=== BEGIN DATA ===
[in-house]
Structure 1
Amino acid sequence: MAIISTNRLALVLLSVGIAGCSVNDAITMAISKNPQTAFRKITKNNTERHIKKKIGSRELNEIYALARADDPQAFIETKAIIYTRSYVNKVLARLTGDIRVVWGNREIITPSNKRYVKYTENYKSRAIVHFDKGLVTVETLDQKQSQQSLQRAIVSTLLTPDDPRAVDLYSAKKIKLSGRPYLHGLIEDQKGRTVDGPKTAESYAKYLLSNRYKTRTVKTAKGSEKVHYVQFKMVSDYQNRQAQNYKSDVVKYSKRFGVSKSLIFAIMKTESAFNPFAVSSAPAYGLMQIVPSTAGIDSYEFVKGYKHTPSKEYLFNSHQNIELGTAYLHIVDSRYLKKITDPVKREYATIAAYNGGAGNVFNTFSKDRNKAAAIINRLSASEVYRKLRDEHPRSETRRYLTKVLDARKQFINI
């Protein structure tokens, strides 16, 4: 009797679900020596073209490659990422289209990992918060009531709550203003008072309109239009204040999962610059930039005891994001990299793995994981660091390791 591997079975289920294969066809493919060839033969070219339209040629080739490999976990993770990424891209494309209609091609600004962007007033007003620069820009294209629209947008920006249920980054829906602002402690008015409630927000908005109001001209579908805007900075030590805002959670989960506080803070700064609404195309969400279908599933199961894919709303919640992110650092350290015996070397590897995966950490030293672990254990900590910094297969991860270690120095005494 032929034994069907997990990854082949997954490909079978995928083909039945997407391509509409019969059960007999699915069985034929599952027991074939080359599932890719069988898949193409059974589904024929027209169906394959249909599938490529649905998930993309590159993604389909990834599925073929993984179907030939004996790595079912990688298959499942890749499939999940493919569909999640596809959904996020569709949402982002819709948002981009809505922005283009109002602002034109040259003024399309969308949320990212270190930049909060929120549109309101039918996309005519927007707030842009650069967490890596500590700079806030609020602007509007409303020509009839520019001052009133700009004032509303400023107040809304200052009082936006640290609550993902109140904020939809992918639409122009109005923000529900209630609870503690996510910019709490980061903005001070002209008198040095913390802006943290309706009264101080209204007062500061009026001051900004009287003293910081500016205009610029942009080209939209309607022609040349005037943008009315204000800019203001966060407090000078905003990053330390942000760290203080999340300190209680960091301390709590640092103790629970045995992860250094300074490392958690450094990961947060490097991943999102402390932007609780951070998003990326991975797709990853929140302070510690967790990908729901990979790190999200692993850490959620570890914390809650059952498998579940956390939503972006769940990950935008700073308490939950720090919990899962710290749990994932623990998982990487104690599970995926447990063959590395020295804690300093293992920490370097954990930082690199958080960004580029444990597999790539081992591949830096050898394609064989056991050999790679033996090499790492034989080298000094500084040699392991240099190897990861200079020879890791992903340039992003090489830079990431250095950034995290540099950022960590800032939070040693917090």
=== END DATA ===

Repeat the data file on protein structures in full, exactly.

[in-house]
Structure 1
Amino acid sequence: MAIISTNRLALVLLSVGIAGCSVNDAITMAISKNPQTAFRKITKNNTERHIKKKIGSRELNEIYALARADDPQAFIETKAIIYTRSYVNKVLARLTGDIRVVWGNREIITPSNKRYVKYTENYKSRAIVHFDKGLVTVETLDQKQSQQSLQRAIVSTLLTPDDPRAVDLYSAKKIKLSGRPYLHGLIEDQKGRTVDGPKTAESYAKYLLSNRYKTRTVKTAKGSEKVHYVQFKMVSDYQNRQAQNYKSDVVKYSKRFGVSKSLIFAIMKTESAFNPFAVSSAPAYGLMQIVPSTAGIDSYEFVKGYKHTPSKEYLFNSHQNIELGTAYLHIVDSRYLKKITDPVKREYATIAAYNGGAGNVFNTFSKDRNKAAAIINRLSASEVYRKLRDEHPRSETRRYLTKVLDARKQFINI
């Protein structure tokens, strides 16, 4: 009797679900020596073209490659990422289209990992918060009531709550203003008072309109239009204040999962610059930039005891994001990299793995994981660091390791 591997079975289920294969066809493919060839033969070219339209040629080739490999976990993770990424891209494309209609091609600004962007007033007003620069820009294209629209947008920006249920980054829906602002402690008015409630927000908005109001001209579908805007900075030590805002959670989960506080803070700064609404195309969400279908599933199961894919709303919640992110650092350290015996070397590897995966950490030293672990254990900590910094297969991860270690120095005494 032929034994069907997990990854082949997954490909079978995928083909039945997407391509509409019969059960007999699915069985034929599952027991074939080359599932890719069988898949193409059974589904024929027209169906394959249909599938490529649905998930993309590159993604389909990834599925073929993984179907030939004996790595079912990688298959499942890749499939999940493919569909999640596809959904996020569709949402982002819709948002981009809505922005283009109002602002034109040259003024399309969308949320990212270190930049909060929120549109309101039918996309005519927007707030842009650069967490890596500590700079806030609020602007509007409303020509009839520019001052009133700009004032509303400023107040809304200052009082936006640290609550993902109140904020939809992918639409122009109005923000529900209630609870503690996510910019709490980061903005001070002209008198040095913390802006943290309706009264101080209204007062500061009026001051900004009287003293910081500016205009610029942009080209939209309607022609040349005037943008009315204000800019203001966060407090000078905003990053330390942000760290203080999340300190209680960091301390709590640092103790629970045995992860250094300074490392958690450094990961947060490097991943999102402390932007609780951070998003990326991975797709990853929140302070510690967790990908729901990979790190999200692993850490959620570890914390809650059952498998579940956390939503972006769940990950935008700073308490939950720090919990899962710290749990994932623990998982990487104690599970995926447990063959590395020295804690300093293992920490370097954990930082690199958080960004580029444990597999790539081992591949830096050898394609064989056991050999790679033996090499790492034989080298000094500084040699392991240099190897990861200079020879890791992903340039992003090489830079990431250095950034995290540099950022960590800032939070040693917090």